Democrats think President Donald Trump is badly bungling the country’s response to the coronavirus. They also wish the government had more power over the health care system. Anyone else see the disconnect?
Joe Biden tweeted that Trump “is the worst possible person to lead our country through a global health emergency.” Sen. Elizabeth Warren slammed the president for putting Vice President Mike Pence in charge of the government’s response team. “I can’t think of a worse person to put in charge of dealing with coronavirus,” she tweeted.
Sen. Bernie Sanders piled on, tweeting that “the inadequate and incompetent response we have seen from Donald Trump and his administration” worried him.
It wasn’t just politicians. A CNN analysis slammed Trump for having too many white men on his coronavirus task force. (Disclosure: I have written recently a couple of pieces for CNN Opinion.) A contributing writer to The New York Times Magazine criticized Pence for praying during a meeting on the virus. Last week, many mainstream media outlets dishonestly reported that Trump told his supporters the virus was a hoax.
On the merits, these criticisms are dubious. In late January, the Trump administration declared coronavirus a public health emergency. It stopped foreign nationals who had visited China recently from entering the country. It set up quarantines for some returning U.S. citizens. Democrats didn’t melt down when then-President Barack Obama appointed Ron Klain, a political operative and lobbyist, to lead his Ebola Task Force. It’d be an understatement to note that it’s ridiculous to criticize the ethnic and gender makeup of a task force set up to stop a deadly contagion.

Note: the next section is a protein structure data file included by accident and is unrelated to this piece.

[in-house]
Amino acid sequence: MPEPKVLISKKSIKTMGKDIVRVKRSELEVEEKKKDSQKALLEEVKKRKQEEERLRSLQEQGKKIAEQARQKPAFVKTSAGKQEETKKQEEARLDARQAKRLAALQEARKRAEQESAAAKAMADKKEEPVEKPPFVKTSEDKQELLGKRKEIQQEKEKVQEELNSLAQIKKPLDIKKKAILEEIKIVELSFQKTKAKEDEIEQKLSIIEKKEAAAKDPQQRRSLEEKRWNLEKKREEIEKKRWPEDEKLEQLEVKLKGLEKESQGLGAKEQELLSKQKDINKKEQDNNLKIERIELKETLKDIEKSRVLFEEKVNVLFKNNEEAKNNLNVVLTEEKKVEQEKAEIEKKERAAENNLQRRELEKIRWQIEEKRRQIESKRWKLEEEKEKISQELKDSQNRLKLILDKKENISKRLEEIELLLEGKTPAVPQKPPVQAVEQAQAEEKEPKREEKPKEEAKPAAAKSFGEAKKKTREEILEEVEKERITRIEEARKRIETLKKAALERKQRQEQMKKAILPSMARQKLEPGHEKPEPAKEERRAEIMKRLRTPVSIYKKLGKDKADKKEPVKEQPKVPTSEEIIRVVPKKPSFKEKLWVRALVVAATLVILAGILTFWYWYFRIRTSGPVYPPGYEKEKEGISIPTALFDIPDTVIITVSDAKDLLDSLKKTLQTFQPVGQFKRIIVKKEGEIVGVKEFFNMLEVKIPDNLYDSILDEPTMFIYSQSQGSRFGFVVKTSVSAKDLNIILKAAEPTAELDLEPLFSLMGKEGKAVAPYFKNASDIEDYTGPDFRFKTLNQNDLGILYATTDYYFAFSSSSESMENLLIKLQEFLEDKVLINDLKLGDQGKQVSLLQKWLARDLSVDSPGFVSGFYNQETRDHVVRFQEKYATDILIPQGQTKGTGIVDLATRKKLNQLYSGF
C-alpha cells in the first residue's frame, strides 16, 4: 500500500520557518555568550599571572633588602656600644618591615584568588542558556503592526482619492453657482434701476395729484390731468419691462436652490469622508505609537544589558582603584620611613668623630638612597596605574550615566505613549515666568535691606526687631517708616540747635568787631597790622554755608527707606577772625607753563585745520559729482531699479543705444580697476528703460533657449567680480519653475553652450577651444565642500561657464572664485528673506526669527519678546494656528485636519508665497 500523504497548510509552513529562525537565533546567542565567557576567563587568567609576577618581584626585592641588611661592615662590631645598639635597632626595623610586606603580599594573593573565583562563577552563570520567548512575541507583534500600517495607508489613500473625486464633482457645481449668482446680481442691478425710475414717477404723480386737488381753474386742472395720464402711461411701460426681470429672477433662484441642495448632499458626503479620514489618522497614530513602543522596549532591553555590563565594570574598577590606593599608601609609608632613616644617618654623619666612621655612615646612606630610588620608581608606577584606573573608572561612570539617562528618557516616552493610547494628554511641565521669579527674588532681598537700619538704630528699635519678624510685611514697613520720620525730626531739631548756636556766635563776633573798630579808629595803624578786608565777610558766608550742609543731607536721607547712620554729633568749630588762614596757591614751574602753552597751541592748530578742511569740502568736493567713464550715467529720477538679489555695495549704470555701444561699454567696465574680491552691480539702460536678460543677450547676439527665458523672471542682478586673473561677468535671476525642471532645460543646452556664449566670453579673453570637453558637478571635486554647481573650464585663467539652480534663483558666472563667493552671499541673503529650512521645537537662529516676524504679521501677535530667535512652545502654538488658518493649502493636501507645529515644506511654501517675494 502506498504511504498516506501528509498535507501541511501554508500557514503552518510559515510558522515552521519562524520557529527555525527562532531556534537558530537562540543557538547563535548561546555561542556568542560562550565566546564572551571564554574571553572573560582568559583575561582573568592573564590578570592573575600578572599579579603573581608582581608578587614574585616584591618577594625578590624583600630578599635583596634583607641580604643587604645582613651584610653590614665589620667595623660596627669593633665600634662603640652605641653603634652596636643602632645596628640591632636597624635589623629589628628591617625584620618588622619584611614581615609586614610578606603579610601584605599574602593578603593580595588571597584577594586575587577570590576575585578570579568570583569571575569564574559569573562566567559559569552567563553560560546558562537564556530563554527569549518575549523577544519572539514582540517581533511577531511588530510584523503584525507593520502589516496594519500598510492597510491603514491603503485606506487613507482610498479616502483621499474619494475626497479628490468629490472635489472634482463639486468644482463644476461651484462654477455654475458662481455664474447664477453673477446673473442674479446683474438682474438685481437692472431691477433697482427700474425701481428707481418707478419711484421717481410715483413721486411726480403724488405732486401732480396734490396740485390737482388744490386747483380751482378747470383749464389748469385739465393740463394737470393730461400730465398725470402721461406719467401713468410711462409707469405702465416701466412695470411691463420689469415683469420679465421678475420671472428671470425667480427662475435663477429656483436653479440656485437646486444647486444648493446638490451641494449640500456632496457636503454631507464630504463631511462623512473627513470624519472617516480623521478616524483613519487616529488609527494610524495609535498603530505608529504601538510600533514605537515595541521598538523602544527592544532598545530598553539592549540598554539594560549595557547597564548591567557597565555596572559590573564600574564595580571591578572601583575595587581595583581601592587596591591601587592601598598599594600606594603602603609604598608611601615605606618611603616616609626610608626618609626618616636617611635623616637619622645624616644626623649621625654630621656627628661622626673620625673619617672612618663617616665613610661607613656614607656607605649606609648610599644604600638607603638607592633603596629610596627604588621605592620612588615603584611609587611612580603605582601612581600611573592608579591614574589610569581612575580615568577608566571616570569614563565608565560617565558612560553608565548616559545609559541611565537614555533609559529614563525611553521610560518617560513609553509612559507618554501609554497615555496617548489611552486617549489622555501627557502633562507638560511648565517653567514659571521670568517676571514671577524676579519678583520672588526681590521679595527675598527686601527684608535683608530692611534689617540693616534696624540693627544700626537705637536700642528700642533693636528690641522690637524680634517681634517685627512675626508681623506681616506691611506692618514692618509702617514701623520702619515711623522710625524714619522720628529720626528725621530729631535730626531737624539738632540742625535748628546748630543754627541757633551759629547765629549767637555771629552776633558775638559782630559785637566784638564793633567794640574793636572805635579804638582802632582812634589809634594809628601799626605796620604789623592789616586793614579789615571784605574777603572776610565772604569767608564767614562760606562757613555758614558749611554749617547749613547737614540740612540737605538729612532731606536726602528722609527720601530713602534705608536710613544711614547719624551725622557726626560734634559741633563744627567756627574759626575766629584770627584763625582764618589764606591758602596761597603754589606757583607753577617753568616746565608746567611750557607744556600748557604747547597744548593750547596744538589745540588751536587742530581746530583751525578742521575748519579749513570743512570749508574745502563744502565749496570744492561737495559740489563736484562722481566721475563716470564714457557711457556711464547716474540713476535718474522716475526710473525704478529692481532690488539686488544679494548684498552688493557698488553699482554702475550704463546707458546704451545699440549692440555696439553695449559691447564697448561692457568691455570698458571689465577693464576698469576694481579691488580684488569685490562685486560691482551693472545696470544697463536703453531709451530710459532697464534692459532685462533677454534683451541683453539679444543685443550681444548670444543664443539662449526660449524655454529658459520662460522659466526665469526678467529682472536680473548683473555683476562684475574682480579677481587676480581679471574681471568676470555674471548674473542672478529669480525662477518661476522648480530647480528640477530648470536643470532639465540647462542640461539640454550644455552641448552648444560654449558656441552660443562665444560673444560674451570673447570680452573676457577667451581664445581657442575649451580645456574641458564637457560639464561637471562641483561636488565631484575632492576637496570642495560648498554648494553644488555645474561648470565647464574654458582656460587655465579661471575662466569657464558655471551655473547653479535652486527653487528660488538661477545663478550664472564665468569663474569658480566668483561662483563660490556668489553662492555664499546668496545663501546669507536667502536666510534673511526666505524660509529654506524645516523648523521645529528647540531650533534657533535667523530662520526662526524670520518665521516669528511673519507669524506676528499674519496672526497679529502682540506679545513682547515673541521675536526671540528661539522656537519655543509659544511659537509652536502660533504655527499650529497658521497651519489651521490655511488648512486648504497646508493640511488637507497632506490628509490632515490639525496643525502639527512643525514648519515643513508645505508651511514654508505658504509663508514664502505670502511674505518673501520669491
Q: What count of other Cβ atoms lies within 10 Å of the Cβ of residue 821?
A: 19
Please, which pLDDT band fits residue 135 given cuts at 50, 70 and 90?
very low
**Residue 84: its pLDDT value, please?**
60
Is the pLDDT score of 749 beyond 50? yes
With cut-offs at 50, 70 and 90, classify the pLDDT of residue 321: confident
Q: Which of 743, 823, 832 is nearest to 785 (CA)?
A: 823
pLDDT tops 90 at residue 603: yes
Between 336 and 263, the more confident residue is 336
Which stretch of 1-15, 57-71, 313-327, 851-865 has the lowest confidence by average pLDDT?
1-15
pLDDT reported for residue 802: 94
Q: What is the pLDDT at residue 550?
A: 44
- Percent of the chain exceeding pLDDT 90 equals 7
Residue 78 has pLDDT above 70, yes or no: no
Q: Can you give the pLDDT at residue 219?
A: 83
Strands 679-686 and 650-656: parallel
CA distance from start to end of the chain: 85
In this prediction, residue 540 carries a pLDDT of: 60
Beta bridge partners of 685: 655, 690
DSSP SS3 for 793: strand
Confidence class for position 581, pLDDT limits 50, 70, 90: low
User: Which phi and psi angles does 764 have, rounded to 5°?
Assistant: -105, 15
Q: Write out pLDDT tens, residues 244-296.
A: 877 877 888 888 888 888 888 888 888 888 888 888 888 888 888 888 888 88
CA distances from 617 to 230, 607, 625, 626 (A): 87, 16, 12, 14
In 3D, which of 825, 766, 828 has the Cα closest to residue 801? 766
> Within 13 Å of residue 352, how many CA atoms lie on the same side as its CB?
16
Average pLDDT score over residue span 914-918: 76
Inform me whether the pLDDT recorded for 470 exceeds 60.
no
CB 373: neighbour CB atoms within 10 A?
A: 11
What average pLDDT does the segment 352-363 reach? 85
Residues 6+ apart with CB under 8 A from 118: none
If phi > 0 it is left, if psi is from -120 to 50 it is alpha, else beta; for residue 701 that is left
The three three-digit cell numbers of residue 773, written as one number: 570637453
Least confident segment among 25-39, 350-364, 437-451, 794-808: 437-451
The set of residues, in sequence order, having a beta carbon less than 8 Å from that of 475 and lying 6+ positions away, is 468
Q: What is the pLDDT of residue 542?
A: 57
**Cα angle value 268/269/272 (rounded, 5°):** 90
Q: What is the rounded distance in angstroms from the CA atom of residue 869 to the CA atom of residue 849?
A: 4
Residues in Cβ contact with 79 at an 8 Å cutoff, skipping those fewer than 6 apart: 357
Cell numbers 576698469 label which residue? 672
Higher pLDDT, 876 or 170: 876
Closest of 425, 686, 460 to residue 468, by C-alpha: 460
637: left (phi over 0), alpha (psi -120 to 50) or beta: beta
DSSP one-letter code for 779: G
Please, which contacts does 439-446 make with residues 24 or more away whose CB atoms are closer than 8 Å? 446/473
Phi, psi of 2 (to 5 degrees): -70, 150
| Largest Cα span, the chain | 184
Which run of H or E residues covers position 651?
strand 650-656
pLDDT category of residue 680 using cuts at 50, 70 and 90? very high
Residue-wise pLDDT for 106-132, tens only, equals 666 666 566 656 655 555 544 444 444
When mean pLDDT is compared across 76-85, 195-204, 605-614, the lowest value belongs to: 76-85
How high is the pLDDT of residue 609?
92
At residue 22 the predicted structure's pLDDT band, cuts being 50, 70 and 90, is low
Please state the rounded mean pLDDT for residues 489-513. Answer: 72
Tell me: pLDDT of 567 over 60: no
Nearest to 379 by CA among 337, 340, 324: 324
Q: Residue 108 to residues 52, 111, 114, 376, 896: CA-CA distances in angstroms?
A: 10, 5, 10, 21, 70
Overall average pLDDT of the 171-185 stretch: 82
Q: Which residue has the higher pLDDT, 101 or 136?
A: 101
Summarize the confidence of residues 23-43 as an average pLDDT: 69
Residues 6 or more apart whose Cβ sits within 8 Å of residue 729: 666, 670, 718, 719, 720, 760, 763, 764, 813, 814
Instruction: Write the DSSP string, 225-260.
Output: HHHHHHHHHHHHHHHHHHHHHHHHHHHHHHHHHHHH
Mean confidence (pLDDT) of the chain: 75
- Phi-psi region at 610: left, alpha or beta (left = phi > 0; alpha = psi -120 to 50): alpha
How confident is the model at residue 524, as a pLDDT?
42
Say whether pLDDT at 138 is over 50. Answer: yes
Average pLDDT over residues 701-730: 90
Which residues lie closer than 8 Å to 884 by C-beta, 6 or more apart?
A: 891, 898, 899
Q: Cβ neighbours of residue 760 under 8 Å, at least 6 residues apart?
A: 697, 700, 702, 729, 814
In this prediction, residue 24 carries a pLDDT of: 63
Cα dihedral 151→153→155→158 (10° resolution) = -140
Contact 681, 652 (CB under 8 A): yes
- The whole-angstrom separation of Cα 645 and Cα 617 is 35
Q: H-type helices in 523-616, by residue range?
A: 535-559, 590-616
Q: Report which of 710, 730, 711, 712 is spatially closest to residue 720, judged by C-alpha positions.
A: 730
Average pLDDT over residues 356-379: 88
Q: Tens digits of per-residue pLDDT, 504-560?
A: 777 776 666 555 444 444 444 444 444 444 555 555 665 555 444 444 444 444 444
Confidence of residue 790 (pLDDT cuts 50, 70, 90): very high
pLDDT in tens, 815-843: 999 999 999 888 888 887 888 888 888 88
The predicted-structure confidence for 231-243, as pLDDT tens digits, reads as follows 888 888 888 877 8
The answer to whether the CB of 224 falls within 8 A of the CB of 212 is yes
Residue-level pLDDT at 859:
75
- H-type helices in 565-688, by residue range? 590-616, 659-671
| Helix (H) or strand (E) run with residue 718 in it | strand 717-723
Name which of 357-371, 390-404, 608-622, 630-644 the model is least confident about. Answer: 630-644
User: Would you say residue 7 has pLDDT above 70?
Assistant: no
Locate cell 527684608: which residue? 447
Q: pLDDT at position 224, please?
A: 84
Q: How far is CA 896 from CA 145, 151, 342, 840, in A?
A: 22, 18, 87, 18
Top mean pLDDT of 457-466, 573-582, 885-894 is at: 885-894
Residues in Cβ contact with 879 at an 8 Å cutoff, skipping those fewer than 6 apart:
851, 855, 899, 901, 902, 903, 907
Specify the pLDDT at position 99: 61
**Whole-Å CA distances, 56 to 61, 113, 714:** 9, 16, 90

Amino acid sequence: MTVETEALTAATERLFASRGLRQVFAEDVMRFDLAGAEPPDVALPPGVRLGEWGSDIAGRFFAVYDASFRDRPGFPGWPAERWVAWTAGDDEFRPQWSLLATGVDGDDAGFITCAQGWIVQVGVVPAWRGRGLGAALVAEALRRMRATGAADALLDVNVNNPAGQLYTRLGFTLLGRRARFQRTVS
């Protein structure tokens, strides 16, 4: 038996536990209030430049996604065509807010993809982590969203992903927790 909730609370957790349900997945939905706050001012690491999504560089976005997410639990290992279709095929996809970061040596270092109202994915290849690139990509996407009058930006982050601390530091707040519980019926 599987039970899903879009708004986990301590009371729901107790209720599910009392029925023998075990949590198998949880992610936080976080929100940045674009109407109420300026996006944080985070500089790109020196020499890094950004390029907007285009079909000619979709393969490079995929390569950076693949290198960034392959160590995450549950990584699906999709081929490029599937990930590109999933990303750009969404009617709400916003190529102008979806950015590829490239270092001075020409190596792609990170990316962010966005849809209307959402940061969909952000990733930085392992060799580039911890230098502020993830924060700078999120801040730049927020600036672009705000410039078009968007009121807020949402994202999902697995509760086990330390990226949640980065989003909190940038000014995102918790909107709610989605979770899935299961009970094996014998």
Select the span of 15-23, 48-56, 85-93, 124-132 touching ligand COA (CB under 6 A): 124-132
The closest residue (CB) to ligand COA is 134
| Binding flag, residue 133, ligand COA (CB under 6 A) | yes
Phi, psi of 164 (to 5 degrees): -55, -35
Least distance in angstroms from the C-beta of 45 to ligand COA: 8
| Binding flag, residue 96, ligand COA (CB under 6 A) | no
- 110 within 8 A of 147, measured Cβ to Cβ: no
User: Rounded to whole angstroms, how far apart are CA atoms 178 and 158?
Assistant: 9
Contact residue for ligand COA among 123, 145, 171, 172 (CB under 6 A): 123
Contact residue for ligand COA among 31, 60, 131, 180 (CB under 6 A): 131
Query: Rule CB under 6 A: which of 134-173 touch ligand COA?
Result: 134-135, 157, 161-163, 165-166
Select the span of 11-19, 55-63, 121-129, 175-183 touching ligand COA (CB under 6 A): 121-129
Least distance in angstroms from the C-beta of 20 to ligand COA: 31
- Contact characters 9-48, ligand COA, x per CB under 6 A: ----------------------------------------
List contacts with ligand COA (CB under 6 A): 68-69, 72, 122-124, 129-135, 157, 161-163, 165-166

This isn’t to say the response from Trump or the government has been perfect. Far from it. The testing kits sent out by the CDC had problems. Officials are worried that the lab which created these test kits was “contaminated” in some way. The virus seems to have been spreading undetected in Washington state for several weeks. In Texas, the CDC released a patient from quarantine who later tested positive for the virus.
As president, Trump bears ultimate responsibility, but he’s not in a lab creating testing kits. Those are career government employees. Large bureaucracies aren’t nimble or perfect, especially when dealing with the uncertainty surrounding a global pandemic.
If you think Trump represents a danger to public health, the very last thing you should want is for him to have more power over medical care. The leading Democrat presidential candidates, however, each favor government-run health care. Sanders and Warren advocate for the direct route with their “Medicare for All” scheme. Biden wants to put the country on that path by creating a public option. Allowing people to buy subsidized “insurance” would undercut private insurance plans, inevitably leading to a government takeover.
If you don’t trust Trump to respond to the coronavirus outbreak, you shouldn’t favor a system that gives a future president power over your health care.
Victor Joecks’ column appears in the Opinion section each Sunday, Wednesday and Friday. Listen to him discuss his columns each Monday at 10 a.m. with Kevin Wall on 790 Talk Now. Contact him at firstname.lastname@example.org or 702-383-4698. Follow @victorjoecks on Twitter.